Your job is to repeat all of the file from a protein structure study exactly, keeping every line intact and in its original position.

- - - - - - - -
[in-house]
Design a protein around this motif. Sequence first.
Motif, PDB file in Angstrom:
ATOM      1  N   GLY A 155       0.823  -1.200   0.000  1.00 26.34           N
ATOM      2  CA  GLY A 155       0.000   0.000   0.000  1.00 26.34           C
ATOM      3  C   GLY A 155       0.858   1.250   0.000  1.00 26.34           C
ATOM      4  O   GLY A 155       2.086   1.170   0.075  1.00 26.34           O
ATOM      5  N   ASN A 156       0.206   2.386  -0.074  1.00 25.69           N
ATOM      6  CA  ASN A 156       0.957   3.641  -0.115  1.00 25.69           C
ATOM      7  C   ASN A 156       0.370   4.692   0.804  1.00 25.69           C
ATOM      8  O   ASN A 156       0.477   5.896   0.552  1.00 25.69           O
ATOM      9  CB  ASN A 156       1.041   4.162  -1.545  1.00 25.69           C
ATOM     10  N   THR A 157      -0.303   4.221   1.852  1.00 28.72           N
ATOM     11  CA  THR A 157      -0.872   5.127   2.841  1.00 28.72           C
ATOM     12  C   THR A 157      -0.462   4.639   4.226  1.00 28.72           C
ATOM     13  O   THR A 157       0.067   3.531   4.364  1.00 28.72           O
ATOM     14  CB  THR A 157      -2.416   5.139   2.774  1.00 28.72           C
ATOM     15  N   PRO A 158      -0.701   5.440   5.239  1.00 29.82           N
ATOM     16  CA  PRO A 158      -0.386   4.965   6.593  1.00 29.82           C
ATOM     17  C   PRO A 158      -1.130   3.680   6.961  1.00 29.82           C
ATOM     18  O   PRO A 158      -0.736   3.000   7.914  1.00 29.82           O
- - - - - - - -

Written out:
[in-house]
Design a protein around this motif. Sequence first.
Motif, PDB file in Angstrom:
ATOM      1  N   GLY A 155       0.823  -1.200   0.000  1.00 26.34           N
ATOM      2  CA  GLY A 155       0.000   0.000   0.000  1.00 26.34           C
ATOM      3  C   GLY A 155       0.858   1.250   0.000  1.00 26.34           C
ATOM      4  O   GLY A 155       2.086   1.170   0.075  1.00 26.34           O
ATOM      5  N   ASN A 156       0.206   2.386  -0.074  1.00 25.69           N
ATOM      6  CA  ASN A 156       0.957   3.641  -0.115  1.00 25.69           C
ATOM      7  C   ASN A 156       0.370   4.692   0.804  1.00 25.69           C
ATOM      8  O   ASN A 156       0.477   5.896   0.552  1.00 25.69           O
ATOM      9  CB  ASN A 156       1.041   4.162  -1.545  1.00 25.69           C
ATOM     10  N   THR A 157      -0.303   4.221   1.852  1.00 28.72           N
ATOM     11  CA  THR A 157      -0.872   5.127   2.841  1.00 28.72           C
ATOM     12  C   THR A 157      -0.462   4.639   4.226  1.00 28.72           C
ATOM     13  O   THR A 157       0.067   3.531   4.364  1.00 28.72           O
ATOM     14  CB  THR A 157      -2.416   5.139   2.774  1.00 28.72           C
ATOM     15  N   PRO A 158      -0.701   5.440   5.239  1.00 29.82           N
ATOM     16  CA  PRO A 158      -0.386   4.965   6.593  1.00 29.82           C
ATOM     17  C   PRO A 158      -1.130   3.680   6.961  1.00 29.82           C
ATOM     18  O   PRO A 158      -0.736   3.000   7.914  1.00 29.82           O